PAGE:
What You Can’t See Can Hurt You.

This post is Part I in our journey with our new seizure diagnosis.  

The left mid-temporal lobe of the left hemisphere.  That’s where the seizures are occurring. It’s really no surprise for me to learn that language function is centered in the left hemisphere.

I have often heard discussions of my son’s receptive and expressive language in ABA meetings.  Finally, I’ve learned what that means, at least in a rudimentary way:

Visual and auditory input to the brain is known as “afferent” or “receptive”.

Motor output – (speech) is known as “efferent” or “expressive”.

The frontal, parietal and temporal lobes of the brain are involved in operating the language function of the brain.  The receptive (visual and auditory input) function operates in Wernicke’s Area, partially in the temporal area.  According to About.com:

“The temporal lobes play an important role in organizing sensory input, auditory perception, language and speech production, as well as memory association and formation…

The temporal lobes are involved in several functions of the body including:

  • Auditory Perception
  • Memory
  • Speech
  • Emotional Responses
  • Visual Perception”

Well, that explains something, doesn’t it?  I learned today that there is a clear physiological basis for my little boy having difficulty distinguishing sounds from background noise, in addition to his expressive and receptive language and speech issues.

My son’s abnormal seizure activity is focused in this temporal region.  The seizures are not spreading to other regions.  This means that my son must undergo an MRI, under anesthesia, to rule out any cysts or tumors.

At this point, as a mother, I have to put aside any fear and look completely objectively at what needs to be done.  He must have the anesthesia and he must have the MRI.  There is no justification for not ruling out the rare possibility that he has any structural abnormality in the brain.  On an intellectual level, I can understand the necessity of the procedure.  On a mother-level, it terrifies me that he is going to have anesthesia.  I hate it.  And I’m scared.  But I will do it because I must do everything I can for my son.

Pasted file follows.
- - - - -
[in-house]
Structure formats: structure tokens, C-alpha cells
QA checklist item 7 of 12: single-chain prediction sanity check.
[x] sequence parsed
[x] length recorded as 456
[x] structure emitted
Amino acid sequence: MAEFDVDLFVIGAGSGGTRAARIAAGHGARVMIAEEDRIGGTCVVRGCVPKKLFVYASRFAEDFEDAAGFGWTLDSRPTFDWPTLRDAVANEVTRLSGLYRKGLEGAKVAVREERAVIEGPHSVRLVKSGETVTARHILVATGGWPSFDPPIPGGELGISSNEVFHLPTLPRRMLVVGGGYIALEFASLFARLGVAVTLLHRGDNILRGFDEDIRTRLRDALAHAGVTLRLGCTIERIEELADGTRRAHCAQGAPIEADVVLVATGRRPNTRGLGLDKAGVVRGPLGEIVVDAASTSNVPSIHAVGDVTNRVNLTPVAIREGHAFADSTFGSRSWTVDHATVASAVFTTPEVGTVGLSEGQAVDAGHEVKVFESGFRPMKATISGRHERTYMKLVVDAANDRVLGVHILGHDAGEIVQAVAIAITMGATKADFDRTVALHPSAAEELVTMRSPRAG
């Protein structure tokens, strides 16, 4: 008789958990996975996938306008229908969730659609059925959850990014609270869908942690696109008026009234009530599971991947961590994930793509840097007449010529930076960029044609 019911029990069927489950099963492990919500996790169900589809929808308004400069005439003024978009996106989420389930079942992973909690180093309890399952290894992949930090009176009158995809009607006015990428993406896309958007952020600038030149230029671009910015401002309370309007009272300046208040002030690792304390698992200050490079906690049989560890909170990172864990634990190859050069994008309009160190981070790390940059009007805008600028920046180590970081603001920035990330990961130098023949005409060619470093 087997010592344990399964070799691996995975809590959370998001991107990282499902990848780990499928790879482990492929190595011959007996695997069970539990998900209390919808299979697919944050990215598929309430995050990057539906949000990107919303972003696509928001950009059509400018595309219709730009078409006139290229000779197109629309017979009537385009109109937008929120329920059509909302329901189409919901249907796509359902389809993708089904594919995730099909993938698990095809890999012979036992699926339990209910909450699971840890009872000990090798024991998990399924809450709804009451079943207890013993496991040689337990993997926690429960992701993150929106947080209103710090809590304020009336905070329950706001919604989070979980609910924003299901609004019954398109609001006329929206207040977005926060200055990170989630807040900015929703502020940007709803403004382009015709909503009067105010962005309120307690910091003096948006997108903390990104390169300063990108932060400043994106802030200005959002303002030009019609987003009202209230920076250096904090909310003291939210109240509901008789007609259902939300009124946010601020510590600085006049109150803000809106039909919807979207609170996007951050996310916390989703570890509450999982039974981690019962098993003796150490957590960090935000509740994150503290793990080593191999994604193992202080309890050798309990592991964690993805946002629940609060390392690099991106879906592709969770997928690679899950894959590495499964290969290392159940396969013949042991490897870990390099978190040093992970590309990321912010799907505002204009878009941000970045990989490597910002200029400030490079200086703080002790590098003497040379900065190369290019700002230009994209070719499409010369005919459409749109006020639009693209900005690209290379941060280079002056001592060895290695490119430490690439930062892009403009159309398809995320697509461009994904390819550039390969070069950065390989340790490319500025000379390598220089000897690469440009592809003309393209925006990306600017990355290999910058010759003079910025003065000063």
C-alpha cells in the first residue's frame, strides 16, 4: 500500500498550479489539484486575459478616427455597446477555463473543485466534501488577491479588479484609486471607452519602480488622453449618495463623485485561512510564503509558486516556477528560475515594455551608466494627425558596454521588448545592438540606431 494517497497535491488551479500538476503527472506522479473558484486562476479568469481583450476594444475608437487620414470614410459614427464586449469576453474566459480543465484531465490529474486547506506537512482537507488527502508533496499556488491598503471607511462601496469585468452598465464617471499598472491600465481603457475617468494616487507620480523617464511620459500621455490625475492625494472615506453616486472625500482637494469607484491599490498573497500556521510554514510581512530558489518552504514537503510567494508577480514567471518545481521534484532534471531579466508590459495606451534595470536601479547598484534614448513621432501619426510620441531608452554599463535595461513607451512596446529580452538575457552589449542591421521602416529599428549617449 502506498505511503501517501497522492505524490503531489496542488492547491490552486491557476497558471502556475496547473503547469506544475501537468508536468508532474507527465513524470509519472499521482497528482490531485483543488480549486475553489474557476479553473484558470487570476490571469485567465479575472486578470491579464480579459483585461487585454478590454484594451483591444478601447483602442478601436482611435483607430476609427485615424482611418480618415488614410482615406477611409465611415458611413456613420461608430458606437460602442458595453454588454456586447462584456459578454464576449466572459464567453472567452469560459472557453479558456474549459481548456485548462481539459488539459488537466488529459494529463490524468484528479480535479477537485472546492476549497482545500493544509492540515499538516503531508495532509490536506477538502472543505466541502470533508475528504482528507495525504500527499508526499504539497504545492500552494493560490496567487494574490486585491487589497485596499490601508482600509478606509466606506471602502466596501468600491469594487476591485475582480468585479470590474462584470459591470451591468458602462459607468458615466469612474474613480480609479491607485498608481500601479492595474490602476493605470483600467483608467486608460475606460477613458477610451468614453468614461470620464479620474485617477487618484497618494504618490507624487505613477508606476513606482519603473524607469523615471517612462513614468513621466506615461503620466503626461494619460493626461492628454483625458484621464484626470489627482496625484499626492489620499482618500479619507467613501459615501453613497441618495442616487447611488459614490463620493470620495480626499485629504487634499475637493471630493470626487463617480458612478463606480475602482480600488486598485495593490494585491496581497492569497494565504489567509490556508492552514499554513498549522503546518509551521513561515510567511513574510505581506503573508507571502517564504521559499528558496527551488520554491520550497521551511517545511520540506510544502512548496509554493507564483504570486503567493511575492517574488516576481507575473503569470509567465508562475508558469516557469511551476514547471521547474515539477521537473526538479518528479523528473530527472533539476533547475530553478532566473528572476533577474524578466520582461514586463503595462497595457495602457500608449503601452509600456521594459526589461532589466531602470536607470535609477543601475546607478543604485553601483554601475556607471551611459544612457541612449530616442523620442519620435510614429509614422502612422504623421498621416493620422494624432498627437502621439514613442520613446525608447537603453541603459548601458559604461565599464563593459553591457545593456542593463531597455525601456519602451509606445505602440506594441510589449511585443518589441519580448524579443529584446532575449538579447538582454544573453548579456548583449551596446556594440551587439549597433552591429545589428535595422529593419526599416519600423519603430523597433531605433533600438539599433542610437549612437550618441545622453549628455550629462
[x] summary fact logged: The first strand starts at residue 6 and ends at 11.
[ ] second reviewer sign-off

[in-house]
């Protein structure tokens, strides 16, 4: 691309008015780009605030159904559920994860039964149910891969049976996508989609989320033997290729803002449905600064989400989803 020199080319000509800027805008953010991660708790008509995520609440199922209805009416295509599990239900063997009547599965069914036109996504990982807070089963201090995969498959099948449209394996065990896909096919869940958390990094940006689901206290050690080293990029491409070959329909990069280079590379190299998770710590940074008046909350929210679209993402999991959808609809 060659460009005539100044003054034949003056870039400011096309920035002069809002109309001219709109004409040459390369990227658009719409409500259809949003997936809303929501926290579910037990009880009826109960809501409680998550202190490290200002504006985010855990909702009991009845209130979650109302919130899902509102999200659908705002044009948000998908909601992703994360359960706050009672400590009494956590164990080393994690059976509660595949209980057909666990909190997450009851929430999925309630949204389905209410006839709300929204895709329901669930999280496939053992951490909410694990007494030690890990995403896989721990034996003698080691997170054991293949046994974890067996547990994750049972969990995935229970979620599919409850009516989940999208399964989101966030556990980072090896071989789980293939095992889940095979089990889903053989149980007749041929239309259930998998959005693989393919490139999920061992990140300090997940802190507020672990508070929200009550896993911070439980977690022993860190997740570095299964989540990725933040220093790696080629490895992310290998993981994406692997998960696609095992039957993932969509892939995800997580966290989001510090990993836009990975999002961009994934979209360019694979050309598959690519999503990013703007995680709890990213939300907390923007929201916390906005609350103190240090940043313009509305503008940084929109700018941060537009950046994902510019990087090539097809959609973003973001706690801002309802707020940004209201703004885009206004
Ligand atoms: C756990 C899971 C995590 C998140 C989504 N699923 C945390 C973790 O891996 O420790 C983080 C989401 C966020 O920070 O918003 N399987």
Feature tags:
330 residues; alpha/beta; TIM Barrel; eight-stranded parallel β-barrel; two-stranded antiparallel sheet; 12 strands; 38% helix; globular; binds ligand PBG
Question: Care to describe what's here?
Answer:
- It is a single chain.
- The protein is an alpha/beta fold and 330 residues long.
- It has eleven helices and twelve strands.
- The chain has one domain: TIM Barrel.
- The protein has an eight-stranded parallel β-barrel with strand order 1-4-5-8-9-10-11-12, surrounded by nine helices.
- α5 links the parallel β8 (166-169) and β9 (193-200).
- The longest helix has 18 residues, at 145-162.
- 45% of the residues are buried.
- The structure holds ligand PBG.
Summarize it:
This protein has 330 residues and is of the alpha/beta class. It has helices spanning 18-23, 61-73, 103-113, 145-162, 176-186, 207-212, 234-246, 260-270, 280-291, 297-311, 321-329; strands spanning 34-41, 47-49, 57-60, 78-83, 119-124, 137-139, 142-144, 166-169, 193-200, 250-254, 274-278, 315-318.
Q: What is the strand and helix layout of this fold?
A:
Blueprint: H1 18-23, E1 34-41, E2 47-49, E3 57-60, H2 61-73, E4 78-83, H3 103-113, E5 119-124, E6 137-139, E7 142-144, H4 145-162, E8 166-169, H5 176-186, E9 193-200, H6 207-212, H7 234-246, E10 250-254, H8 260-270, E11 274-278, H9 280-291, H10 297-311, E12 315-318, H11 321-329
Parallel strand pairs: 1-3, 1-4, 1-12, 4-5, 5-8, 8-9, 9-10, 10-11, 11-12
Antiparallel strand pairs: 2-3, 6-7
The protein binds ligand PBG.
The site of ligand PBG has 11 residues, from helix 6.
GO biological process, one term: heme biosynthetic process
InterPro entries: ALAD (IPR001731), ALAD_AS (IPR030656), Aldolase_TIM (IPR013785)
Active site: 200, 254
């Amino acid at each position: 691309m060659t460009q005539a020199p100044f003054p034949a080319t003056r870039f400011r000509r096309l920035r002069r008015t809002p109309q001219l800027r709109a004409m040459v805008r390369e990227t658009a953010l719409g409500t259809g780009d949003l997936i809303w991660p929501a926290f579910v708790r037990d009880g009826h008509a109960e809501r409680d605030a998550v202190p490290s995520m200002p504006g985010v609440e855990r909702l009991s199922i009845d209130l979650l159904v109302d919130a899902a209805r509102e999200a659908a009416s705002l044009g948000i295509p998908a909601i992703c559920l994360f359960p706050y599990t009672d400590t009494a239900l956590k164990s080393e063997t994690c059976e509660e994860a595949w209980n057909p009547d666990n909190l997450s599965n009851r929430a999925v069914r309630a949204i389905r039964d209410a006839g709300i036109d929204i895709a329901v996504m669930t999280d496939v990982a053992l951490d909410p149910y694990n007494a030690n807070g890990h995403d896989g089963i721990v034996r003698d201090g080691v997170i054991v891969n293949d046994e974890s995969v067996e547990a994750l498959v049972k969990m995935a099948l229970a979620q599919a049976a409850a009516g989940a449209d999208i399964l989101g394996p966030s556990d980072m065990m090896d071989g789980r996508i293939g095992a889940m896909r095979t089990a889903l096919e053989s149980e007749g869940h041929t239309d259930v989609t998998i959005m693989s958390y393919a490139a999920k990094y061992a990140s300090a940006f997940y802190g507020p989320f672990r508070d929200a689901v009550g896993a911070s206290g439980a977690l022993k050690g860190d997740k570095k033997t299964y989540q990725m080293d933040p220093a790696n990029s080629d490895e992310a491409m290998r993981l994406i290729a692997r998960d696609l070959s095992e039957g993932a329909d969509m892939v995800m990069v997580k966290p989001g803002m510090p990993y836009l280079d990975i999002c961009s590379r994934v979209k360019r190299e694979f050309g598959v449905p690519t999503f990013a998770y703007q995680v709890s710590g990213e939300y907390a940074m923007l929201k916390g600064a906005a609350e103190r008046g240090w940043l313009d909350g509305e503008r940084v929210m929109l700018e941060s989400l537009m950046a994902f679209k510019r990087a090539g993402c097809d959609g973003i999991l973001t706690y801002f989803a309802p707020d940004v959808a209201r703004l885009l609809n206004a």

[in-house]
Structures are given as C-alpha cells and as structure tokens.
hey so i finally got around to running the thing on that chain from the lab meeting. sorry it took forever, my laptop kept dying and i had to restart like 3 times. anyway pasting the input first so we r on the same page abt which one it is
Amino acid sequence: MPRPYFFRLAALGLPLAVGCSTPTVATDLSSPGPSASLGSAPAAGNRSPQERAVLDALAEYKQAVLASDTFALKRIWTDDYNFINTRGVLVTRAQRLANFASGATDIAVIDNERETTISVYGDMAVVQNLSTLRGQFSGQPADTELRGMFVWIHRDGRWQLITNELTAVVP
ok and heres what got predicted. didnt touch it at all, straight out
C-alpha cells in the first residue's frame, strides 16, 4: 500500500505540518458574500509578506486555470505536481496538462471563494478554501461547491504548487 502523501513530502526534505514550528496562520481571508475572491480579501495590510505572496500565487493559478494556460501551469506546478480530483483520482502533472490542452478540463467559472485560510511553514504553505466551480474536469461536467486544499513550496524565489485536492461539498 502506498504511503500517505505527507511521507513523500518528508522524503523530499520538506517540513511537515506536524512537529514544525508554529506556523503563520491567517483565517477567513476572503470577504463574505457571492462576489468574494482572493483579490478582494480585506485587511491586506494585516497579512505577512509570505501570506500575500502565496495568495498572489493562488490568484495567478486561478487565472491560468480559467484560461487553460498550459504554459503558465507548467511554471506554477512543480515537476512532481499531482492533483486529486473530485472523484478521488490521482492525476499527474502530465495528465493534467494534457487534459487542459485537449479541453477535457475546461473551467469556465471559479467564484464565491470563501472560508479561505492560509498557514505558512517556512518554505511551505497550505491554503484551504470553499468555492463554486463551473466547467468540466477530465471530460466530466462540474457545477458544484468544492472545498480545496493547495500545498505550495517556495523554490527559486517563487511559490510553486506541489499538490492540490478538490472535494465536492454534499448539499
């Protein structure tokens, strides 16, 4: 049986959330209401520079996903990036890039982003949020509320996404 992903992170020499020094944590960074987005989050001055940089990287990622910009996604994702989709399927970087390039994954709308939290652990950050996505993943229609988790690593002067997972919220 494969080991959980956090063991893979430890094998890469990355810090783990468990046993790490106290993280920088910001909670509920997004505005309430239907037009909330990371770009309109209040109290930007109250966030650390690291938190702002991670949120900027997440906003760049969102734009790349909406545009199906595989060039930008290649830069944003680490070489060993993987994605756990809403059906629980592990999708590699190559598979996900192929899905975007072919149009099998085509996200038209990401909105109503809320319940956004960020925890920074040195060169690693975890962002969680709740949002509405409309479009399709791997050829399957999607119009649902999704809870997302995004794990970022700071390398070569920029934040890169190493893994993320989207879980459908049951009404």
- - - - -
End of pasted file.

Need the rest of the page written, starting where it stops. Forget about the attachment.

When I first posted on Wednesday that I found out my son is having seizures, one of my bloggy friends asked what prompted me to have the EEG done.  The simple answer is that I trusted our neurologist to know what he was doing.  I did not believe the EEG would show anything at all but I trusted anyway.  That trust was well placed.

My sweet boy sleeps...

My son’s EEG revealed that his seizures are occurring intermittently throughout the sleep stages, but predominantly in Stage 2 of his sleep.  Having only a vague notion of the stages of sleep, I learned the following:

Stage 1 is the beginning of the sleep cycle and light stage of sleep, considered a transition period between wakefulness and sleep. It only lasts around 5-10 minutes. If you wake someone during this stage, they might report that they weren’t really asleep.

Stage 2 – The second stage of sleep.  Lasts for approximately 20 minutes. The brain begins to produce bursts of rapid, rhythmic brain wave activity known as sleep spindles. Body temperature starts to decrease and heart rate begins to slow.

Stage 3 -Deep, slow brain waves known as delta waves begin to emerge during stage 3 which is a transitional period between light and a very deep sleep.

Stage 4 is a deep sleep that lasts for approximately 30 minutes. Bed-wetting and sleepwalking are most likely to occur at the end of stage 4 sleep.

Stage 5  -Most dreaming occurs during the fifth stage of sleep, known as rapid eye movement (REM) sleep.  In REM sleep there is also increased respiration rate and increased brain activity and the brain and other body systems become more active, but muscles become more relaxed. Dreaming occurs because of increased brain activity, but voluntary muscles become paralyzed.

Apparently, sleep does not progress through these stages in sequence. Sleep begins in stage 1 and progresses into stages 2, 3 and 4. After stage 4, stage 3 and then stage 2 sleep are repeated before entering REM sleep. Once REM sleep is over, the body usually returns to stage 2 sleep. Sleep cycles through these stages approximately four or five times throughout the night.

The REM stage usually starts about an hour and a half after falling asleep. The first cycle of REM sleep might last only a short amount of time, but each cycle becomes longer. REM sleep can last up to an hour.